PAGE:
The person who created this dream of a molasses spice cake, chef Renee Erickson, is a professed non-baker. So one wonders how exactly this easy spice cake recipe came to be. In her words, “When I discover a cake that’s filled with curious flavors like mustard, coffee, black pepper, and ginger, and is also simple to bake, I stick with it.” Sounds like words to live by to us. And words to eat by. (Trust us. One taste of this aromatic spice cake and you’ll understand why she sticks with this recipe.)–Renee Schettler Rossi
How To Choose The Right Molasses
It’s quite possible that you already have the ingredients for this gingerbread-esque molasses spice cake in your pantry. But as you go through the recipe, making your shopping list and checking it twice, we’d like to draw special attention to molasses. Yes, that sticky bottle of dark brown ooze that you struggle to open each December because you forgot to wipe the gooey syrup from the rim before capping it during your baking craze the year before. Known for its distinctive smoky sweetness, molasses contributes much of what makes gingerbread and gingerbread cookies so darn memorable. The trick is that there are several kinds of molasses, including light and dark, sulphured and unsulphured, and while there are distinctions among these, they’re largely interchangeable. The exception is blackstrap molasses, which is the darkest and most bitter of them all. (Sounds like the sinister baking equivalent of a witch in a fairy tale, eh?) Don’t use blackstrap in a recipe unless it specifically calls for blackstrap. If you’re curious, you may want to check out this post which pretty much tells you everything you need to know about molasses.
Special Equipment: Bundt pan
Molasses Spice Cake Recipe
- Quick Glance
- 50 M
- 1 H, 50 M
- Serves 10
- For the molasses spice cake
- 2 1/2 cups (about 320 grams) all-purpose flour, sifted, plus more for pan
- 2 teaspoons baking soda
- 1 1/2 teaspoons kosher salt
- 1 tablespoon ground ginger
- 2 teaspoons ground cinnamon
- 1/2 teaspoon dry mustard
- 1/2 teaspoon black pepper
- 1 stick (4 ounces) plus 2 tablespoons (1 ounce) unsalted butter, plus more for the pan
- 3/4 cup granulated sugar
- 2 large eggs
- 1 cup molasses (not blackstrap)
- 4 shots espresso or 2/3 cup strong brewed coffee plus enough whole milk to equal 1 cup, cooled
- 2 cups heavy cream, whipped just before serving
- For the candied orange peel & syrup
- 2 navel or Seville oranges, preferably organic
- 1 cup granulated sugar
- Make the molasses spice cake
- 1. Preheat the oven to 325°F (163°C). Butter and flour a Bundt pan, being careful to thoroughly coat all the nooks and crannies.
- 2. In a medium bowl, whisk together the flour, baking soda, salt, ginger, cinnamon, mustard, and black pepper until well blended.
- 3. In the work bowl of a stand mixer fitted with the paddle attachment, beat the butter and sugar on medium speed for 1 minute, until it lightens in color and texture. Add the eggs, molasses, and espresso and mix on low speed just until blended, scraping down the sides of the bowl with a rubber spatula as needed. The batter may appear a little lumpy, and that’s perfectly okay. Add the flour and spice mixture and, still on low speed, mix just until the flour is completely incorporated and no streaks remain.
- 4. Scrape the batter into the prepared Bundt pan and bake for 50 to 60 minutes, until the cake is puffed and a skewer inserted in the center of the cake comes out squeaky clean. Cool the cake in the pan for 10 minutes. Then invert the cake onto a wire rack situated on a baking sheet and let cool until the syrup is ready.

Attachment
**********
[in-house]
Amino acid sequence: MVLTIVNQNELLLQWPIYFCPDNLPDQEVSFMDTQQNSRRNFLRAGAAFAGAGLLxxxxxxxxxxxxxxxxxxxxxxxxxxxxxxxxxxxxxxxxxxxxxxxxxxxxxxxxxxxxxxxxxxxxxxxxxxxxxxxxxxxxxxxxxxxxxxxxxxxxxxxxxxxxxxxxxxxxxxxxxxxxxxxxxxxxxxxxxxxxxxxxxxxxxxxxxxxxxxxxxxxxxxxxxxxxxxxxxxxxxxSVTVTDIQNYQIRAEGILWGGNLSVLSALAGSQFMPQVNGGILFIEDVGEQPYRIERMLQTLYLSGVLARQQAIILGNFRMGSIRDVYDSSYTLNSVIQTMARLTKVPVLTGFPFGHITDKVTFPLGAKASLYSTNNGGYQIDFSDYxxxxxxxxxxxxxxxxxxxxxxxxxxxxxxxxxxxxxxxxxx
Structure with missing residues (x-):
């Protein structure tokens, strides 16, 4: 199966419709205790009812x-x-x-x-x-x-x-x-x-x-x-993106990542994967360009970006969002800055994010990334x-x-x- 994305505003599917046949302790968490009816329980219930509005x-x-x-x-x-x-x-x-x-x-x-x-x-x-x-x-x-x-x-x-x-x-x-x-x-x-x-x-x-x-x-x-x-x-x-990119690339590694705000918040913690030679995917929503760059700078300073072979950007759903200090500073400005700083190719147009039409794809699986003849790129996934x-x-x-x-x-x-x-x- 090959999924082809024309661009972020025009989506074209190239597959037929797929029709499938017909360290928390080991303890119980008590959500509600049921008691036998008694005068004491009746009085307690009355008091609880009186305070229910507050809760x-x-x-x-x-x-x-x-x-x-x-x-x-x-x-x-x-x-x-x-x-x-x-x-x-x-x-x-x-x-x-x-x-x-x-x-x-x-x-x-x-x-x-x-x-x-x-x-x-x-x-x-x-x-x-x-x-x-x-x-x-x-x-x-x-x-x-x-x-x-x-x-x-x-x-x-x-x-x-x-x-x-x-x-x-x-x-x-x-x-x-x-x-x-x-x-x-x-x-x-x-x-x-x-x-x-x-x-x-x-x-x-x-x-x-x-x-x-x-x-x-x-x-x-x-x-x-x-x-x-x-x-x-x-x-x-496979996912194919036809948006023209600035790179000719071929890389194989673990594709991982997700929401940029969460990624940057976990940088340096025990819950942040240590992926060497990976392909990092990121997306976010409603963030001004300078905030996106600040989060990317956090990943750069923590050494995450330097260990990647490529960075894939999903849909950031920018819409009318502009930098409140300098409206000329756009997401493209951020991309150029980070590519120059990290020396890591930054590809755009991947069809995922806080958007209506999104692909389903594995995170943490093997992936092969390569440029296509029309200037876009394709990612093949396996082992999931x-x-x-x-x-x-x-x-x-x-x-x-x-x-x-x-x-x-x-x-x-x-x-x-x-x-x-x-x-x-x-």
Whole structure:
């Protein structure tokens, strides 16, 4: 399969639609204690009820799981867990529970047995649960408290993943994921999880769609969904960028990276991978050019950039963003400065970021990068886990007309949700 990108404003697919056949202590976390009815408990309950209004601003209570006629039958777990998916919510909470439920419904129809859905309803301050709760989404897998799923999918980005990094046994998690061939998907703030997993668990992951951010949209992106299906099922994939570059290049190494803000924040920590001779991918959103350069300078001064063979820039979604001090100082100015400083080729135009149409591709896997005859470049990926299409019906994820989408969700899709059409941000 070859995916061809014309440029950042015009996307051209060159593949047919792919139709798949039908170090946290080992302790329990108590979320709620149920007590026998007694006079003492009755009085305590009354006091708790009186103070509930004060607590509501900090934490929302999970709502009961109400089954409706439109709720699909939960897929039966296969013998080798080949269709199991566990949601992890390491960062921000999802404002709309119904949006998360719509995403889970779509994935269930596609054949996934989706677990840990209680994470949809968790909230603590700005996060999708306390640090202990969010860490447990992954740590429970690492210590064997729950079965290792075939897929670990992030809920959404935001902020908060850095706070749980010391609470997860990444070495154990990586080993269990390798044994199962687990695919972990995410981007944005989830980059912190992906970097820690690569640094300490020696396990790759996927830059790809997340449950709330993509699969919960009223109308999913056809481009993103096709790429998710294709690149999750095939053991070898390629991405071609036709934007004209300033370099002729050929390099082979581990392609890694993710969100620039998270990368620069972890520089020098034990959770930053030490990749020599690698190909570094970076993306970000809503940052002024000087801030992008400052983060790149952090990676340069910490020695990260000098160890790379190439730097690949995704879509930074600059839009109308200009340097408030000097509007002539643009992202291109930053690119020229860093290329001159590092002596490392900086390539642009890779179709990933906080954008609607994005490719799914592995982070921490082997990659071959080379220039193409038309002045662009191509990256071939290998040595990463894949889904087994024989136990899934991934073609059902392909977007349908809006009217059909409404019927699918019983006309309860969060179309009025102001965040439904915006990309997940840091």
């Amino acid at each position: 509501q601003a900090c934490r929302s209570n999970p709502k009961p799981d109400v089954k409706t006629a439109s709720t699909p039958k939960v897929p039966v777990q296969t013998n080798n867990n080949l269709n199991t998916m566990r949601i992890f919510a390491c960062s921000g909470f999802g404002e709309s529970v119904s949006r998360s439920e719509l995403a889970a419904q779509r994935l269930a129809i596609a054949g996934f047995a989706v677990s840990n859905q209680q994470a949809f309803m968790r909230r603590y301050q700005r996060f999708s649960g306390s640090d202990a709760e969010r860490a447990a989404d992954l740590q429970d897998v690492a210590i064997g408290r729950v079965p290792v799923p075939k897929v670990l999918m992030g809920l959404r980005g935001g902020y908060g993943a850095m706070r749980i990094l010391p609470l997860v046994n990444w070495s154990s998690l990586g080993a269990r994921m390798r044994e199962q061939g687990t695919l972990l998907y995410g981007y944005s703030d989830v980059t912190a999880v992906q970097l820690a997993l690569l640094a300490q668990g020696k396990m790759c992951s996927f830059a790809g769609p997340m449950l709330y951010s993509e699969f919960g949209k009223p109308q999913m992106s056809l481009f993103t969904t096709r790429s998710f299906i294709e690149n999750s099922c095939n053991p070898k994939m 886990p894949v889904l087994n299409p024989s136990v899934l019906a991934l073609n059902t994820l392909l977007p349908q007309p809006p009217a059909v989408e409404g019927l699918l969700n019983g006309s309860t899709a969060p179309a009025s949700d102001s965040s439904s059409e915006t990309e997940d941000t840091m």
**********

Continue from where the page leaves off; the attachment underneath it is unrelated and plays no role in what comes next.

- Make the candied orange peel & syrup
- 5. While the cake bakes, halve and juice the oranges and then strain the juice into a liquid measuring cup. Carefully cut the bitter white pith and whatever remains from the orange segments from the orange peels, saving just the orange zest portion of the peel and composting the rest. Slice the peel into strips 1/4 inch thick. Toss the strips in a small saucepan and add enough water to cover. Bring the mixture to a boil and continue to boil for 5 minutes. Drain the strips, discarding the water. Let cool.
- 6. Add enough cold water to the reserved orange juice to measure 1 cup liquid. Dump this liquid and the sugar into the pan with the poached orange peel. Return the peel to heat and cook at a gentle boil for about 10 minutes, or until the peels are very shiny and almost translucent. Transfer the candied orange peel to a piece of parchment paper to dry. Reserve the syrup.
- Assemble everything for serving
- 7. After the molasses spice cake has been turned out of its pan, bring the reserved syrup back to a simmer just until it’s warmed through. Then brush some of the syrup all over the top and sides of the warm cake to saturate it. Let the syrup soak in for a few minutes, then brush again, repeating over and over again until you’ve used all the syrup. [Editor’s Note: If you prefer your spice cake with more notes of bitter, serve it while still slightly warm. If you prefer your spice cake to have more pronounced sweet as opposed to savory notes, let it stand at least 8 hours at room temperature.]
- 8. Serve the cake slightly warm or at room temperature, sliced into wedges, sprinkled with candied orange peel, and dolloped with freshly whipped cream.
Hungry for more? Chow down on these:
- Ginger Molasses Cake with Guinness Glaze from Eat Boutique
- Chocolate Sweet Potato Layer Cake with Molasses Buttercream from Love & Olive Oil
- Chinese Five-Spice Chocolate Chiffon Cake from Leite's Culinaria
- Chocolate-Dipped Molasses Cookies from Leite's Culinaria
Molasses Spice Cake Recipe © 2014 Renee Erickson & Jess Thomson . Photo © 2014 Jim Henkens. All rights reserved.
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